Around this time in the season is when teams begin to realize where they stand in the league and with that comes trades.
Whether it is someone praying on the struggling teams in his league or a guy who is hoping to get a deal done to turn his season around, improving your team via trade is the quickest way to either improve your team or hurt it.
In most instances the trades offered are one-sided for the guy who offers the deal. It seems as though a good trade is a dime a dozen and it’s rare for two sides to reach an agreement. Of course making a trade isn’t a must but it’s a fun part of the game and may or may not be worth the gamble.
Keep these three rules in mind when offering or accepting a trade
Rule #1: Sell High
If you’re looking to trade somebody be sure to deal them when they’re value is high. You will get your best return in a trade if you deal someone who is coming off a couple weeks of solid performances or possibly someone like Miami Dolphins receiver Brian Hartline who shocked the fantasy football world this past week with his 12 receptions, 253 yards and a touchdown.
Rule #2: Consider your bench
Be careful when you make a trade involving an unequal amount of players. Make sure that there is someone on your bench worthy of being dropped. If you’re team is deep at a particular position you may not want to make a trade that fills that position even more.
Rule #3: Consider your offer from both sides
Put yourself in the position of the guy you’re offering the deal to. If you were him would you consider the deal? And be honest with yourself. Nobody likes the guy who offers trash trades in the hopes that the other guy accidentally hits the accept button.
We all know the guy, or guys in our league that offer the most ridiculous trades. If you don’t know who that is in your league, you’re probably him. An important thing in getting a deal done is making sure you’re not that guy. If you have picked up that title you better be happy with your roster you have because you most likely won’t be able to get any deals done.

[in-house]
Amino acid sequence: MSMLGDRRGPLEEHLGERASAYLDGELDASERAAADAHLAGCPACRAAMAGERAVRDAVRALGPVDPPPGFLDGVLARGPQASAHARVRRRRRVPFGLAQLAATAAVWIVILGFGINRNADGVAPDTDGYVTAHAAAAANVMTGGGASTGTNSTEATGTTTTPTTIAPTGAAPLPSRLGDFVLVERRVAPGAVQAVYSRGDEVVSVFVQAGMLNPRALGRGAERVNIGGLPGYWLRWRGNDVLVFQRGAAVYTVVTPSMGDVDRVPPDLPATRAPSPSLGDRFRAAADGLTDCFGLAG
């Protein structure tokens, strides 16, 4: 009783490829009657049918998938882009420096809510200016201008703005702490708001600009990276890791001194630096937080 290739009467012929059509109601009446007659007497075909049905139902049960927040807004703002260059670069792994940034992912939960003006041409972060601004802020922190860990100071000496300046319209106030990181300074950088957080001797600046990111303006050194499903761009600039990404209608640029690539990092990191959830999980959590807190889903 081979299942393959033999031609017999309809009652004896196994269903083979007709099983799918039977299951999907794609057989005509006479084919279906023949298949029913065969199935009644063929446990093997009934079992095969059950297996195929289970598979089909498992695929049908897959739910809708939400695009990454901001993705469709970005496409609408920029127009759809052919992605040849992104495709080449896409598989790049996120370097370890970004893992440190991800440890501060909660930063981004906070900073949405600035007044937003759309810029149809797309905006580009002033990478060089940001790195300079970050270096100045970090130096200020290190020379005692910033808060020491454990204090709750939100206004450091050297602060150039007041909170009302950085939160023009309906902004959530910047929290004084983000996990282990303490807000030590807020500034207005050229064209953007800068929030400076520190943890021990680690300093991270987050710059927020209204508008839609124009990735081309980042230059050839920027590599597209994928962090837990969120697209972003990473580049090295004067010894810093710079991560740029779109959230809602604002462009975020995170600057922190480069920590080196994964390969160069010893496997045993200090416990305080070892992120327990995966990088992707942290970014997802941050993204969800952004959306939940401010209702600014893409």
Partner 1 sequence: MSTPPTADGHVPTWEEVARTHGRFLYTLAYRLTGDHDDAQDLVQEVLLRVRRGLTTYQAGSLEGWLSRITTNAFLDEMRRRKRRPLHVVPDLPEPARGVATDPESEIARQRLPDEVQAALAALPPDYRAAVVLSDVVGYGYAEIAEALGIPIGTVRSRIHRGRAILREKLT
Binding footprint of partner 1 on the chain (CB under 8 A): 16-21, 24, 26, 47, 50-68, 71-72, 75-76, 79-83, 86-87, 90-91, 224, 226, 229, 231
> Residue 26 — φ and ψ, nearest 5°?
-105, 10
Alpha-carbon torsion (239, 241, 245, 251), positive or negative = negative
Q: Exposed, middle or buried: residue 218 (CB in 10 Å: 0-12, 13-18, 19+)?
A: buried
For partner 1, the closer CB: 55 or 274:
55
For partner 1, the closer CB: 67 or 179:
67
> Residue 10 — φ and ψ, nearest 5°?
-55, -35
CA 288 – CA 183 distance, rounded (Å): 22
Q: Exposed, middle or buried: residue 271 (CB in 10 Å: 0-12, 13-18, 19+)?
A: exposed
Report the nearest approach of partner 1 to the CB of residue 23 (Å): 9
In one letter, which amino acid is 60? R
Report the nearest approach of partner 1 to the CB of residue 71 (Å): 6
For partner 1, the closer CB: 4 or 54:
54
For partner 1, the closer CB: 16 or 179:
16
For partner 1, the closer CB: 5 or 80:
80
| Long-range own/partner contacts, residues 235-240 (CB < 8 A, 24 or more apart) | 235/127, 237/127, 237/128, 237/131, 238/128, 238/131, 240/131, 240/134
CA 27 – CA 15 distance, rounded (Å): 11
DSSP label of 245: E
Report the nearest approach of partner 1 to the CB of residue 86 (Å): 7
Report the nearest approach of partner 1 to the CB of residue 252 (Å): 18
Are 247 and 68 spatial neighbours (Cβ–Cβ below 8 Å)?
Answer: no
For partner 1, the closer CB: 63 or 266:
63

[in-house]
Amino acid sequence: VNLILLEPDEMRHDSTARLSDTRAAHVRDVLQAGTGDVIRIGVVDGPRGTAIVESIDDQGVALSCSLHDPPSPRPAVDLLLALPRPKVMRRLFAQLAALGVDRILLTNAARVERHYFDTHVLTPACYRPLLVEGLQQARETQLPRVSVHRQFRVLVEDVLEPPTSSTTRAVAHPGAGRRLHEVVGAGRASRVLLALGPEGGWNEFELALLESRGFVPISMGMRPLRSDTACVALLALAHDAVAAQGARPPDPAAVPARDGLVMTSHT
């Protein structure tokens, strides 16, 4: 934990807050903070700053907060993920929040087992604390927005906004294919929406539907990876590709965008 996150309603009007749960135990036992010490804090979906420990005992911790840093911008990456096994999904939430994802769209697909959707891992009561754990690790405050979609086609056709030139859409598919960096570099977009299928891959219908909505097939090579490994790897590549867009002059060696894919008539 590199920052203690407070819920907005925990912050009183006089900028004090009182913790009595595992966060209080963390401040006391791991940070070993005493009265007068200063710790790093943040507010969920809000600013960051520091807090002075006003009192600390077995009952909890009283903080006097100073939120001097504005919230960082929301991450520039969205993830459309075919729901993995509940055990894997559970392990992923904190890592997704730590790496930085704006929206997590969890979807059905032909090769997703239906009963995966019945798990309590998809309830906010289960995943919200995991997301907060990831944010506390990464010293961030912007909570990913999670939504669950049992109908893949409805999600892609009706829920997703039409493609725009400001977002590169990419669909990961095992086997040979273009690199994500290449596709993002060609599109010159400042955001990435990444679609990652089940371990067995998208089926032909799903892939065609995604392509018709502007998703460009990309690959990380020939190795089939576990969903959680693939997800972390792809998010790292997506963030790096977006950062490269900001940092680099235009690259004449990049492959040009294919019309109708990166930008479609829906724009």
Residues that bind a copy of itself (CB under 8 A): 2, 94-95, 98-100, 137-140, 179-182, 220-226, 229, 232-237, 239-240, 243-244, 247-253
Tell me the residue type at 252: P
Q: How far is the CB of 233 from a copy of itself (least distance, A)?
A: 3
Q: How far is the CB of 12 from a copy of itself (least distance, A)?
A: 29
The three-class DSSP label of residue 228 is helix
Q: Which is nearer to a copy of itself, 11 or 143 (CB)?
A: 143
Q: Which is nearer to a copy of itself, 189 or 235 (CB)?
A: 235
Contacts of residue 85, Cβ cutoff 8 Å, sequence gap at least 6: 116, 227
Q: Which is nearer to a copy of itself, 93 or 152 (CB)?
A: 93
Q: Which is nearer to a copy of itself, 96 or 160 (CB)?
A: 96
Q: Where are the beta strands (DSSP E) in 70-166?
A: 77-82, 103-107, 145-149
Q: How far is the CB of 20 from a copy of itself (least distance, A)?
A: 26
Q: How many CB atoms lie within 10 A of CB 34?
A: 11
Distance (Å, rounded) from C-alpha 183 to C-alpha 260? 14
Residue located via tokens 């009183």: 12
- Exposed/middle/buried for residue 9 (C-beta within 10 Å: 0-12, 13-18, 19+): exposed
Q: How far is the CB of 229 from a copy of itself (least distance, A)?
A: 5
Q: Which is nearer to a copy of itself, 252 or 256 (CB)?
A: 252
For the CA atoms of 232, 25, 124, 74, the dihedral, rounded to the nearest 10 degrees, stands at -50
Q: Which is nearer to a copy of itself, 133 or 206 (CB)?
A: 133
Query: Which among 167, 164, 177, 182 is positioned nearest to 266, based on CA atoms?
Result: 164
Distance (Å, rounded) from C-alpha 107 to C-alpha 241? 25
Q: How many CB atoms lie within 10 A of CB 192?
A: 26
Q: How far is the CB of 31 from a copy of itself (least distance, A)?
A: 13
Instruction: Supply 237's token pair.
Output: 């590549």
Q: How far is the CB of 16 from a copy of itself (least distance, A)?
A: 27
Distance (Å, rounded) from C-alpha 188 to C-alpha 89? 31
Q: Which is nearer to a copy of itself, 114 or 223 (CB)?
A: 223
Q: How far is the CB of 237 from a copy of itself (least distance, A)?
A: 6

An example of a trade that should never be offered was one tweeted in by @Coach_Colby was Jets’ running back Shonn Greene for Pittsburgh’s Mike Wallace. Greene’s own mother would not accept this deal. Greene has scored just one touchdown this year and rushed for under 100 yards in each game, while Wallace on the other hand has scored in each game this year.
I made two deals recently in one of my leagues. I’m in three leagues and this is the one in which I’m playing against friends. It’s the only league in which I have multiple losses and my three losses prompted me to do a few deals to prevent that number from growing.
Both deals using the three golden rules discussed above.
I dealt Buffalo receiver Steve Johnson for Kansas City’s Dwayne Bowe.
In the second deal I dealt Chicago’s Michael Bush for Green Bay receiver Greg Jennings.
The first deal was a counter I made to an offer and the second was me dealing my insurance policy to Forte who I own in an attempt to improve my receiver situation (Lance Moore and Andrew Hawkins starting for me last week). Although Jennings’ status for this week is in question I dealt a guy I got in the later rounds for someone who was a second or third round selection. If Jennings is able to come back within a week or two I should be happy with my return.
If you are in a position similar to me in this league or you’re just looking to add to an already stacked roster, be sure to do implement the three Fantasy Couch Golden Rules of trading.